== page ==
Exclusivism is the explicit statement of Scripture. The importance of dogmatics is not to be understated. Paul states that there is “one faith” in Ephesians 4:5 and that we should “watch your life and doctrine” in 1 Timothy 4:16. Paul even goes so far as to say that “But even if we or an angel from heaven should preach a gospel other than the one we preached to you, let them be under God’s curse!” in Galatians 1:8. What does Arminianism affirm exactly that requires us to break fellowship with them? Arminianism affirms five doctrines that are in direct contradiction to the teaching of Scripture.
1. Radical depravity – man is fallen but still has free will
2. Conditional election – there is a condition in man that allows him to become elect
3. Unlimited Atonement – Christ’s death was for all individual men
4. Resistable Grace – God’s graces woos those dead in trespasses and sins but may be resisted
5. Conditional Perserverance – Perserverance is conditioned on the desire to persevere
Each of these points is directly contrary to the five points of Calvinism accumulated under the acronym TULIP. TULIP is Scriptural, and its denial is a denial of the clear teaching of the word of God. This denial is heresy and should commend Christians to sever fellowship with Arminians.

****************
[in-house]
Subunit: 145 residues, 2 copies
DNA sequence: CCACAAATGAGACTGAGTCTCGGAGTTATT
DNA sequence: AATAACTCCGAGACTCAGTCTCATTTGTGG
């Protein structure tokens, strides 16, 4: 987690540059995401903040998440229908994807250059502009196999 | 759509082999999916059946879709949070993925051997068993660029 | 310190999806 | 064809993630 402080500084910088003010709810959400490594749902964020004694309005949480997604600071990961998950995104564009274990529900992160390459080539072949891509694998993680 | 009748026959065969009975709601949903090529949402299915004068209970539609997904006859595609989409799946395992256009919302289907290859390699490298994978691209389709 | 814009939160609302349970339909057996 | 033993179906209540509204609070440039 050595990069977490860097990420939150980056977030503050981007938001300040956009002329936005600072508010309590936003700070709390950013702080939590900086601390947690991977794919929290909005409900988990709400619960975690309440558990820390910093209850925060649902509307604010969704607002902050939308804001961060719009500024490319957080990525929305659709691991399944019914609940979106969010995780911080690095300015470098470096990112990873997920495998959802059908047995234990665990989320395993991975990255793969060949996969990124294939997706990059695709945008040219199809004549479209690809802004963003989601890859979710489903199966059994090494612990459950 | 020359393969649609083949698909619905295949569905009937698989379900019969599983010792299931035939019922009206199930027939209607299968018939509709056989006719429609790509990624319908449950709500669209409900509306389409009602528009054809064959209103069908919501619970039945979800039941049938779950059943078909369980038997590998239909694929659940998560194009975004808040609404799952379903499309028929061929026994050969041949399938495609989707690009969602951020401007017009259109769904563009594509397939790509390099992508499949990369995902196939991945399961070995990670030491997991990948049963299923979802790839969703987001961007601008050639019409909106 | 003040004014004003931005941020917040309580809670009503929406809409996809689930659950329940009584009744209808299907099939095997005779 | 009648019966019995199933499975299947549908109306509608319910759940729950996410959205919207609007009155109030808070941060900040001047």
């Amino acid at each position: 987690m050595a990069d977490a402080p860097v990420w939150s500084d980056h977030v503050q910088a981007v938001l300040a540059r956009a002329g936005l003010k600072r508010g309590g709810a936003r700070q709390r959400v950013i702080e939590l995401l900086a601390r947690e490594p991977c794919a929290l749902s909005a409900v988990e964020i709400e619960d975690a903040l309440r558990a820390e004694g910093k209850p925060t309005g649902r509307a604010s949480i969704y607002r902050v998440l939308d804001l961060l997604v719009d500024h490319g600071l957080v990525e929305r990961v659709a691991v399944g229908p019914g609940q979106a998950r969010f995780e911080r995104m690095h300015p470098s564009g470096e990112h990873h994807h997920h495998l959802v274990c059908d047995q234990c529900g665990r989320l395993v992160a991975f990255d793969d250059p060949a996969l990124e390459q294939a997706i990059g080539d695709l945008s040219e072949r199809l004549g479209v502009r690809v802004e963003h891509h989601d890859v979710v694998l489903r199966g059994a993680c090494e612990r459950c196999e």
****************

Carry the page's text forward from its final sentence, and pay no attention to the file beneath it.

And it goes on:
The problem of equal ultimacy is something that I have spoken on decisively in the past. It is a position that I endorse and I am not ashamed that I hold to what some consider to be a “horrible doctrine.” For those who have not read my previous post, equal ultimacy is the doctrine that God’s decree of election is symmetrical. Today we will be taking a look at the strongest Scriptural support for this belief: Romans 9:11-13. This passage relies on a symmetrical parallel in order to make the desired point, and, unlike Dr. Sproul, we will not avoid the possibility of an equal ultimacy interpretation simply because of a detestation of the doctrine. Let us begin with our exegesis.
before the twins were born or had done anything good or bad—in order that God’s purpose in election might stand: 12 not by works but by him who calls—she was told, “The older will serve the younger.” 13 Just as it is written: “Jacob I loved, but Esau I hated.”
There are a few important points to note about this striking passage of Scripture. Before the twins had done any good or bad (prior to their birth) God selected which one would be the object of His holy hatred and which would be the object of His holy love. We know that human beings are born in sin (Psalm 51:5) and so it must be the case that the twins have truly done no evil or have been tainted by sin in any way.
We then read that God begins at the moment of moral neutrality so that “His purpose according to election might stand.” If God began at a moment of moral inneutrality then there would be some condition inherent in man that would cause God to choose whom He would judge and whom He would love.
Finally, we see the symmetry between love and hate in vs 13. Jacob became, through God’s elective decree, the object of divine love and Esau, through the same decree, became the object of divine hate.